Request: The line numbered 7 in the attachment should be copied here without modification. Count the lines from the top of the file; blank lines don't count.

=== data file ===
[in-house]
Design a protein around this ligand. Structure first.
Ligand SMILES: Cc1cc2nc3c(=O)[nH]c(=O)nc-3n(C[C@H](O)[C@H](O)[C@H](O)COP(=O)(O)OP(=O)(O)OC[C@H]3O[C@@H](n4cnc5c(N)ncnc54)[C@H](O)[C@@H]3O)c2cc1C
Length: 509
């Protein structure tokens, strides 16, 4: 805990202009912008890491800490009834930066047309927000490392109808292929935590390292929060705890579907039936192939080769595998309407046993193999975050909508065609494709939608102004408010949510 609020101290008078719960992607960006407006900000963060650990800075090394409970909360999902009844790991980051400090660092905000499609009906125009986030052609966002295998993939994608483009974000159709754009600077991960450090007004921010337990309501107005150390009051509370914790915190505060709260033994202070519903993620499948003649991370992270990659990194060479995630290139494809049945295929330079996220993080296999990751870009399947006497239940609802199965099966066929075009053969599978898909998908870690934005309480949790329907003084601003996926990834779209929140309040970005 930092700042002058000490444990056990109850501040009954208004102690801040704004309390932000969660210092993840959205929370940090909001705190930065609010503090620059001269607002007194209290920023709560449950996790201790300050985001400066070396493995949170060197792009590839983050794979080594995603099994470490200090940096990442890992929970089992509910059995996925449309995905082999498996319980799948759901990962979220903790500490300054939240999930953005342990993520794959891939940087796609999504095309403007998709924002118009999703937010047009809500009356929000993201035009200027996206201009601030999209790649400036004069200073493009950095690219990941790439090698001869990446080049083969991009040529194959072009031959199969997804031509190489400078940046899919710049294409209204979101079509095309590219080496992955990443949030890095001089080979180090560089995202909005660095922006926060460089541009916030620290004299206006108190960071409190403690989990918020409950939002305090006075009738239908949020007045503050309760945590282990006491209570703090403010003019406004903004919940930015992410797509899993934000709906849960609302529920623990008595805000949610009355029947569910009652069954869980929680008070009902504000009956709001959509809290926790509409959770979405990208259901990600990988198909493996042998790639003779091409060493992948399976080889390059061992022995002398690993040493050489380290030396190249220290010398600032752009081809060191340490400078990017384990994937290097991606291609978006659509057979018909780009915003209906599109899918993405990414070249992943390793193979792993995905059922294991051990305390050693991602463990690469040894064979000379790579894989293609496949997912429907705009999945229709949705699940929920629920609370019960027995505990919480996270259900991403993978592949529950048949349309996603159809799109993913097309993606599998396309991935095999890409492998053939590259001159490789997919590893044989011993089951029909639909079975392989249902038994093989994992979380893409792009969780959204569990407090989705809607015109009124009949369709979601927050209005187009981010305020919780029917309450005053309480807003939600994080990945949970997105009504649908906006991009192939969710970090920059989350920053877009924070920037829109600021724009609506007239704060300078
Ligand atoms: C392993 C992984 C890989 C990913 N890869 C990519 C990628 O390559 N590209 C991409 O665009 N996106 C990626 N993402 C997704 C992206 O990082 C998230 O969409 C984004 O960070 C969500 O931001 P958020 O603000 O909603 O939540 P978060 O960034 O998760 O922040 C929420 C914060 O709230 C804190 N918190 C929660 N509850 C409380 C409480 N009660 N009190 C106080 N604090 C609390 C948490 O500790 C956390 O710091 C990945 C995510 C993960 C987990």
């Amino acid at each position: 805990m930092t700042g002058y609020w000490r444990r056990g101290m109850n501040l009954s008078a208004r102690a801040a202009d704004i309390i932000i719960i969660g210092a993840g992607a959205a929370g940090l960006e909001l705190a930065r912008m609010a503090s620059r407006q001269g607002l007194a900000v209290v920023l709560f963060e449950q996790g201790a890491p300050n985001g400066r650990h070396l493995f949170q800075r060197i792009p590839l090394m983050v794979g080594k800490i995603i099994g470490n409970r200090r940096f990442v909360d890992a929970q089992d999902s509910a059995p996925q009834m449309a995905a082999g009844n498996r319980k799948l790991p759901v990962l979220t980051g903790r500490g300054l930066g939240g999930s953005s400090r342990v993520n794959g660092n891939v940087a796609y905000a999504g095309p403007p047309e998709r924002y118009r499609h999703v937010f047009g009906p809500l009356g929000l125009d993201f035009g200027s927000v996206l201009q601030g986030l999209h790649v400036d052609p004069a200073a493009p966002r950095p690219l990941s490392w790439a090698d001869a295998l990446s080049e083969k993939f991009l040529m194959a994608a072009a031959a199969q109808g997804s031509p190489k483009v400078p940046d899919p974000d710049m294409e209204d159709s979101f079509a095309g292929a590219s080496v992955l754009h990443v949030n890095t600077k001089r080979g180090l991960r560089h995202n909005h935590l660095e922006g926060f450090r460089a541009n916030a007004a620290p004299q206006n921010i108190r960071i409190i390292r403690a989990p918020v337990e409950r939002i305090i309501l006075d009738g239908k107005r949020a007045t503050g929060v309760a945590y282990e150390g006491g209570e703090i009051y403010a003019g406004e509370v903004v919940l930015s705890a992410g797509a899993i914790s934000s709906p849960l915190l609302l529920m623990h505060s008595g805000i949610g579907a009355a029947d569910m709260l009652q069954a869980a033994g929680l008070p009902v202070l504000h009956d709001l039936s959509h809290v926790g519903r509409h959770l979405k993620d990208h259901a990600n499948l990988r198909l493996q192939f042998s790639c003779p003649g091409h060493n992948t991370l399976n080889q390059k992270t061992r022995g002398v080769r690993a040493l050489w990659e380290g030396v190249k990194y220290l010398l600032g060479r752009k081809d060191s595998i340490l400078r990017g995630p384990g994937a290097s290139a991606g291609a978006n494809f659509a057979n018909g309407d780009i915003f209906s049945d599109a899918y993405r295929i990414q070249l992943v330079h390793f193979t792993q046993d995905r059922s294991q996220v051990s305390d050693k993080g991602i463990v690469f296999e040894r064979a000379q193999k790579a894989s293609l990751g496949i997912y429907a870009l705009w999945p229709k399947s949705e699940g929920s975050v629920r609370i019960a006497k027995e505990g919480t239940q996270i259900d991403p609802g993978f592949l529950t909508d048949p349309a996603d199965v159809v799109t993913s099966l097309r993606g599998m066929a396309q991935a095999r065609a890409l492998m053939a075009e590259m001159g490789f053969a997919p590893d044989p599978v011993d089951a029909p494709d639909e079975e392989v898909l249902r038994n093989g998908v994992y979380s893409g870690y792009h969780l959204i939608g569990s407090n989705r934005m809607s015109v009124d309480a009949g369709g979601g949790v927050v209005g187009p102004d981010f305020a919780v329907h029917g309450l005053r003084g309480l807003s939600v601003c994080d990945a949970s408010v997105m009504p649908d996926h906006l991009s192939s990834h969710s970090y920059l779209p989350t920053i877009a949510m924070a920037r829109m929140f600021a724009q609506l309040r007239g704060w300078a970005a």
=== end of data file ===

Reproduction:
């Amino acid at each position: 805990m930092t700042g002058y609020w000490r444990r056990g101290m109850n501040l009954s008078a208004r102690a801040a202009d704004i309390i932000i719960i969660g210092a993840g992607a959205a929370g940090l960006e909001l705190a930065r912008m609010a503090s620059r407006q001269g607002l007194a900000v209290v920023l709560f963060e449950q996790g201790a890491p300050n985001g400066r650990h070396l493995f949170q800075r060197i792009p590839l090394m983050v794979g080594k800490i995603i099994g470490n409970r200090r940096f990442v909360d890992a929970q089992d999902s509910a059995p996925q009834m449309a995905a082999g009844n498996r319980k799948l790991p759901v990962l979220t980051g903790r500490g300054l930066g939240g999930s953005s400090r342990v993520n794959g660092n891939v940087a796609y905000a999504g095309p403007p047309e998709r924002y118009r499609h999703v937010f047009g009906p809500l009356g929000l125009d993201f035009g200027s927000v996206l201009q601030g986030l999209h790649v400036d052609p004069a200073a493009p966002r950095p690219l990941s490392w790439a090698d001869a295998l990446s080049e083969k993939f991009l040529m194959a994608a072009a031959a199969q109808g997804s031509p190489k483009v400078p940046d899919p974000d710049m294409e209204d159709s979101f079509a095309g292929a590219s080496v992955l754009h990443v949030n890095t600077k001089r080979g180090l991960r560089h995202n909005h935590l660095e922006g926060f450090r460089a541009n916030a007004a620290p004299q206006n921010i108190r960071i409190i390292r403690a989990p918020v337990e409950r939002i305090i309501l006075d009738g239908k107005r949020a007045t503050g929060v309760a945590y282990e150390g006491g209570e703090i009051y403010a003019g406004e509370v903004v919940l930015s705890a992410g797509a899993i914790s934000s709906p849960l915190l609302l529920m623990h505060s008595g805000i949610g579907a009355a029947d569910m709260l009652q069954a869980a033994g929680l008070p009902v202070l504000h009956d709001l039936s959509h809290v926790g519903r509409h959770l979405k993620d990208h259901a990600n499948l990988r198909l493996q192939f042998s790639c003779p003649g091409h060493n992948t991370l399976n080889q390059k992270t061992r022995g002398v080769r690993a040493l050489w990659e380290g030396v190249k990194y220290l010398l600032g060479r752009k081809d060191s595998i340490l400078r990017g995630p384990g994937a290097s290139a991606g291609a978006n494809f659509a057979n018909g309407d780009i915003f209906s049945d599109a899918y993405r295929i990414q070249l992943v330079h390793f193979t792993q046993d995905r059922s294991q996220v051990s305390d050693k993080g991602i463990v690469f296999e040894r064979a000379q193999k790579a894989s293609l990751g496949i997912y429907a870009l705009w999945p229709k399947s949705e699940g929920s975050v629920r609370i019960a006497k027995e505990g919480t239940q996270i259900d991403p609802g993978f592949l529950t909508d048949p349309a996603d199965v159809v799109t993913s099966l097309r993606g599998m066929a396309q991935a095999r065609a890409l492998m053939a075009e590259m001159g490789f053969a997919p590893d044989p599978v011993d089951a029909p494709d639909e079975e392989v898909l249902r038994n093989g998908v994992y979380s893409g870690y792009h969780l959204i939608g569990s407090n989705r934005m809607s015109v009124d309480a009949g369709g979601g949790v927050v209005g187009p102004d981010f305020a919780v329907h029917g309450l005053r003084g309480l807003s939600v601003c994080d990945a949970s408010v997105m009504p649908d996926h906006l991009s192939s990834h969710s970090y920059l779209p989350t920053i877009a949510m924070a920037r829109m929140f600021a724009q609506l309040r007239g704060w300078a970005a």